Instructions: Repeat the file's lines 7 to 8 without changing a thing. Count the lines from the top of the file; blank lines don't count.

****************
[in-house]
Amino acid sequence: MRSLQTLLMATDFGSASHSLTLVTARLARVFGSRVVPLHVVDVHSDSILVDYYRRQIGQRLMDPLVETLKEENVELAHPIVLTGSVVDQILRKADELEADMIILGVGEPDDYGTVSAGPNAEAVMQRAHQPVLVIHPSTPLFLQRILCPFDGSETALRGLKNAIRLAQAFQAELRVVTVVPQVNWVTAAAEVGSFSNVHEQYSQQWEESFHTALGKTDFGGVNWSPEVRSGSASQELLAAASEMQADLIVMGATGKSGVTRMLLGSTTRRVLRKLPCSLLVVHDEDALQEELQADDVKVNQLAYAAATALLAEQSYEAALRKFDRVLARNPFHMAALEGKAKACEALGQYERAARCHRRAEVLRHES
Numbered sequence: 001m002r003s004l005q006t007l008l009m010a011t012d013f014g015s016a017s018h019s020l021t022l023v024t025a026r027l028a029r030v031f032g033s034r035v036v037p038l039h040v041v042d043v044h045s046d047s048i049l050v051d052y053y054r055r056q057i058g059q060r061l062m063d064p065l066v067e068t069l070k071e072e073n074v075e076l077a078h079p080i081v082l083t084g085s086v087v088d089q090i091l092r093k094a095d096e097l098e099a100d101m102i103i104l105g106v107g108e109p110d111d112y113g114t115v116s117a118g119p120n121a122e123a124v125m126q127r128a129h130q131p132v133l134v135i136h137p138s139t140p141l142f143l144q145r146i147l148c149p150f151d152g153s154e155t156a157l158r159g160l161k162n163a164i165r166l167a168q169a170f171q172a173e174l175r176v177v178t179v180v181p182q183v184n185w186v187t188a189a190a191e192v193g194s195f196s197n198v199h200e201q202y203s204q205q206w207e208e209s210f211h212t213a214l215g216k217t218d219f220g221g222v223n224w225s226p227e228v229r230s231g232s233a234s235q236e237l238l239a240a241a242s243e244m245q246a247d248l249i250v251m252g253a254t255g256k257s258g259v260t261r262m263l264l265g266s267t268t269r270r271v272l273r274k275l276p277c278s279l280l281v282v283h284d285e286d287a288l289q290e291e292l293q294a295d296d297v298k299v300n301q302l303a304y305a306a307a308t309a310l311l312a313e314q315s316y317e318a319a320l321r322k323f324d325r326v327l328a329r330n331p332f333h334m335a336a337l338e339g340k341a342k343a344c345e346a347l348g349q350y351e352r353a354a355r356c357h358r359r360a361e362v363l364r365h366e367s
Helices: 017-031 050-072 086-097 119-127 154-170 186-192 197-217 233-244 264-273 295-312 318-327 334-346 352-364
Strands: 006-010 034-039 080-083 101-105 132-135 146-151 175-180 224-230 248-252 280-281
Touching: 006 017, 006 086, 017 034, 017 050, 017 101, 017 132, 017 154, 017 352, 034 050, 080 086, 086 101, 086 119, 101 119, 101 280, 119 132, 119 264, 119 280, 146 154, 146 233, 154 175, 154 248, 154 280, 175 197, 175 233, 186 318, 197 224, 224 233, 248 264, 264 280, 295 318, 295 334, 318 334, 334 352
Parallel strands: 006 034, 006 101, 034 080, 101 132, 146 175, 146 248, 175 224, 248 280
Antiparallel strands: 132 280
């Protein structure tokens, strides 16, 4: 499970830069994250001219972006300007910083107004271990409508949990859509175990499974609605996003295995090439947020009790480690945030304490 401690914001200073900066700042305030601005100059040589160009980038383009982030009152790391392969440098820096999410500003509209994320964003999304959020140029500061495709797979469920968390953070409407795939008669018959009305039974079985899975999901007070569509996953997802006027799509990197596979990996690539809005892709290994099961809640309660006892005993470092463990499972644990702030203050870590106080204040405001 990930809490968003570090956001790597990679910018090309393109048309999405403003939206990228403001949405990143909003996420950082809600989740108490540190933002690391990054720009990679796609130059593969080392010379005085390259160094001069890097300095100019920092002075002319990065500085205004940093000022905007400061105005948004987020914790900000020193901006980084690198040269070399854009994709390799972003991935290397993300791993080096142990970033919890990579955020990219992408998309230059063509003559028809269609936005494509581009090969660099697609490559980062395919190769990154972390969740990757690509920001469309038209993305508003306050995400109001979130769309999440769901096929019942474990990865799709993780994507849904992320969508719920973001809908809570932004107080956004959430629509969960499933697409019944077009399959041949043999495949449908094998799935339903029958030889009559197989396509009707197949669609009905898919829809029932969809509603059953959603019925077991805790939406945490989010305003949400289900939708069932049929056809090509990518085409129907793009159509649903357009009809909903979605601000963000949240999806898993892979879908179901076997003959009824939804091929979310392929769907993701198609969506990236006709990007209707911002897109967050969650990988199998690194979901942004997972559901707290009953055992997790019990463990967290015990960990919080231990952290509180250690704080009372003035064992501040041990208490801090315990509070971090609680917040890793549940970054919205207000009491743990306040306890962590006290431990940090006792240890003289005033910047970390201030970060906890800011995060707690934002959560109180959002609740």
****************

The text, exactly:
Parallel strands: 006 034, 006 101, 034 080, 101 132, 146 175, 146 248, 175 224, 248 280
Antiparallel strands: 132 280